“There is a time for silence. There is a time for waiting you turn. But if you know how you feel and you so clearly know what you need to say you'll know it. I don't think you should wait. I think you should speak now.”
The International Federation of the Phonographic Industry (IFPI) posted in its recently published “Global Music Report 2021” a sixth consecutive year of growth in global music sales in 2020, with total revenues rising 7.4% to $21.6 billion on the back of an 18.5% rise in streaming subscription revenues. Latin America was the fastest-growing market region for a sixth year in a row, while South Korea grew the fastest overall among major markets.
Short-form video app Triller inked a licensing deal with the National Music Publishers’ Association (NMPA) this week. The license will be opt-in, meaning that eligible publisher members must actively seek coverage; it will not happen automatically.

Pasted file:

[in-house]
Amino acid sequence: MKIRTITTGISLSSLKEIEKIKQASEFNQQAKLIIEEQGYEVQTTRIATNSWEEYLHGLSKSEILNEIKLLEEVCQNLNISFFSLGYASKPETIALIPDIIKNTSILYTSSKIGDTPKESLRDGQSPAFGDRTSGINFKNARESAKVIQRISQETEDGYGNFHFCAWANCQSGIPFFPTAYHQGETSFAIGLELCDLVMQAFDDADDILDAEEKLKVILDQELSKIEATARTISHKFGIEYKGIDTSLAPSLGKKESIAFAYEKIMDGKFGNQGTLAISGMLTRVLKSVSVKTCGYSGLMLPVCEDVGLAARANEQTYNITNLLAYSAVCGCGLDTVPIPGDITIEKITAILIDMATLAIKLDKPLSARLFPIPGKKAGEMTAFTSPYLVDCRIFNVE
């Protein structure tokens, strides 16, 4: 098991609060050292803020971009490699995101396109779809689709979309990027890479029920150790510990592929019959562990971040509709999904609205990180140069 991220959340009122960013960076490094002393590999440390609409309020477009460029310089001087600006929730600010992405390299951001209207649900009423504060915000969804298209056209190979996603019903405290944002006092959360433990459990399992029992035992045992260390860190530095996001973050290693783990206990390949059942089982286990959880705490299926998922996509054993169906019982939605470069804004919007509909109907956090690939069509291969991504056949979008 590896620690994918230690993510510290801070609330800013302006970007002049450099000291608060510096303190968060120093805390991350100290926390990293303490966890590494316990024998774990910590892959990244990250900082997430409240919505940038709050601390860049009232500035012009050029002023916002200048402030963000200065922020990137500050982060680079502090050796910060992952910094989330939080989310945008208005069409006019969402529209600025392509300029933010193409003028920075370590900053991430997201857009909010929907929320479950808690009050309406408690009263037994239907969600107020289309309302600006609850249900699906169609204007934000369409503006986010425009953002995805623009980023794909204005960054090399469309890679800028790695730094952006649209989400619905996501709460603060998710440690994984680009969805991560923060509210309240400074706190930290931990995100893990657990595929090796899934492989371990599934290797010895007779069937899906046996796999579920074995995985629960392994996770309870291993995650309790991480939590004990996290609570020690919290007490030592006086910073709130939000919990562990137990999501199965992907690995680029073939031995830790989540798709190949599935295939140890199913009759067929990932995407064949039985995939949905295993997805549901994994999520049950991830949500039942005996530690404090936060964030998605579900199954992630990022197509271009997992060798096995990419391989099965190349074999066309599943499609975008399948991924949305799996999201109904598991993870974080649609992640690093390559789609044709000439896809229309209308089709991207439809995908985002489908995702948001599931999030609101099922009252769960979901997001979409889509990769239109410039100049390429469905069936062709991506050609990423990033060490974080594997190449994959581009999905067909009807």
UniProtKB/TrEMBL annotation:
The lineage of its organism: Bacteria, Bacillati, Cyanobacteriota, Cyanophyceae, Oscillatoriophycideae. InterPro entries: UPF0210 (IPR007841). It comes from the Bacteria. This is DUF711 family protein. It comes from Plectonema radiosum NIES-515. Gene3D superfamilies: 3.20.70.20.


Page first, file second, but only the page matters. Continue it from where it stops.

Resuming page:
In order to help the Mechanical Licensing Collective (MLC) identify and locate copyright owners with unclaimed royalties of musical works, the US Copyright Office is undertaking a public study compliant with the Music Modernization Act (MMA) and in consultation with the Government Accountability Office. Last summer, it issued a notice soliciting public comments and due to the high volume of requests to participate, public roundtables were held on March 25 and 26 via Zoom.
Mark your calendars for the new and exciting upcoming event on Royalty Forensics with Exploration this Monday March 29 at 12 PM PST! Deep dive into your royalties and learn more about how you can get paid. The webinar will be hosted by SONA as part of their Sexy Metadata Action Group initiative. Please visit this link here to register.